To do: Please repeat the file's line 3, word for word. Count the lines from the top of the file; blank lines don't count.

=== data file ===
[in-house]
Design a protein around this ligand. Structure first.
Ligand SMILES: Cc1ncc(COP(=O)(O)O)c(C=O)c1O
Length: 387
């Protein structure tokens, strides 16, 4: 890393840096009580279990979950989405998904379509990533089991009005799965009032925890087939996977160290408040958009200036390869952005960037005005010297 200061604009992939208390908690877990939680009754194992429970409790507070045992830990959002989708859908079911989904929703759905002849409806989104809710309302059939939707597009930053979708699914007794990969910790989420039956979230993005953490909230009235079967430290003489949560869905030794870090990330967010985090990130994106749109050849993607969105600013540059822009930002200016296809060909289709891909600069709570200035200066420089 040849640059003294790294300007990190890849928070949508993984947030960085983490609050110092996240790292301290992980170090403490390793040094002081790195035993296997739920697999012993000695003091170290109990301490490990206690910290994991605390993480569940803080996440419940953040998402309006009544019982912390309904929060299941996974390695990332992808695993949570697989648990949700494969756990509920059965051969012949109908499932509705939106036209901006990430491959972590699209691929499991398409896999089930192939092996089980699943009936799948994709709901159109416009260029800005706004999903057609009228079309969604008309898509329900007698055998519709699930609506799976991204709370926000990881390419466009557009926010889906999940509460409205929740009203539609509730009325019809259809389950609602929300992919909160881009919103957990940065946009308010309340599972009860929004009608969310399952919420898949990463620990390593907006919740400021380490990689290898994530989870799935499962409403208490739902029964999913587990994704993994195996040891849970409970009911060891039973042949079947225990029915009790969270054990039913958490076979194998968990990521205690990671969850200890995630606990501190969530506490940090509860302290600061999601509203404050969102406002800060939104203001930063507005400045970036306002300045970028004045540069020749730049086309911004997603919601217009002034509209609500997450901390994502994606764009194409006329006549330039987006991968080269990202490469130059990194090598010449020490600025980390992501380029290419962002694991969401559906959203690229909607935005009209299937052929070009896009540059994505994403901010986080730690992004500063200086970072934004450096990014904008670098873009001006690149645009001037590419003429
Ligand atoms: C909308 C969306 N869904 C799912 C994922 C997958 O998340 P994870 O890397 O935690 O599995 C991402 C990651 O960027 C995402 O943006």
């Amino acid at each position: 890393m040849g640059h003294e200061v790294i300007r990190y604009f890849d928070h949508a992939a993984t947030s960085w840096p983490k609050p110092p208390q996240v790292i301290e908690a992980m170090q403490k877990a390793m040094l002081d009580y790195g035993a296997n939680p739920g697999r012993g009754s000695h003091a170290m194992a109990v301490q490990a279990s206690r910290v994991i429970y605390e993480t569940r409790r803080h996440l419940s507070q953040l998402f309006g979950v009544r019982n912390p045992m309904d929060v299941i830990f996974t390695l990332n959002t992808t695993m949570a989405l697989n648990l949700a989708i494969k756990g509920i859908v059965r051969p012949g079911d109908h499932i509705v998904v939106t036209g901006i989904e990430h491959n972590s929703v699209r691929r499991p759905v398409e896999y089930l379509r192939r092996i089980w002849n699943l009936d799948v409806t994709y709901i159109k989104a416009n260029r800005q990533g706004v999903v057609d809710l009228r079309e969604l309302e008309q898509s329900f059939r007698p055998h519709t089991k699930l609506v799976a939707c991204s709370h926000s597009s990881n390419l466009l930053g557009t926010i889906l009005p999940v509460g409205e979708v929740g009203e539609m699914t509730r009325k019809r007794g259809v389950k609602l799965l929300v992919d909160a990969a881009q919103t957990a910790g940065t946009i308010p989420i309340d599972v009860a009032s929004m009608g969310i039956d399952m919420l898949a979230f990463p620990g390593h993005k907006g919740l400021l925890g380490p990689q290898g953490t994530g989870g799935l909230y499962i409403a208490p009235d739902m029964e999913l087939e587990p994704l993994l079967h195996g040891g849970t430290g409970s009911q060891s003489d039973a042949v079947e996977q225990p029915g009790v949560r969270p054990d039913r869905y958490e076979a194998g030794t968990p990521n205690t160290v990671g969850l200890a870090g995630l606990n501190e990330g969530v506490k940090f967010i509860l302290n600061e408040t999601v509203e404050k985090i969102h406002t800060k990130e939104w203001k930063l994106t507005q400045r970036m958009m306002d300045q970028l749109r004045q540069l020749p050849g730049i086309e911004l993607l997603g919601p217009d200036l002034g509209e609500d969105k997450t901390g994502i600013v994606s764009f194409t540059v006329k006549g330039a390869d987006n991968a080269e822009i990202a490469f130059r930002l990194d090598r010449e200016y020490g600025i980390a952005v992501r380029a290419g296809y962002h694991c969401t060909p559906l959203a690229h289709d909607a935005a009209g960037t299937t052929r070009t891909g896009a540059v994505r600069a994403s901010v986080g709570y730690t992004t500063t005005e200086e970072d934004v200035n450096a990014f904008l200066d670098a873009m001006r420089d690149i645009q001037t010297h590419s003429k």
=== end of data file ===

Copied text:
Ligand SMILES: Cc1ncc(COP(=O)(O)O)c(C=O)c1O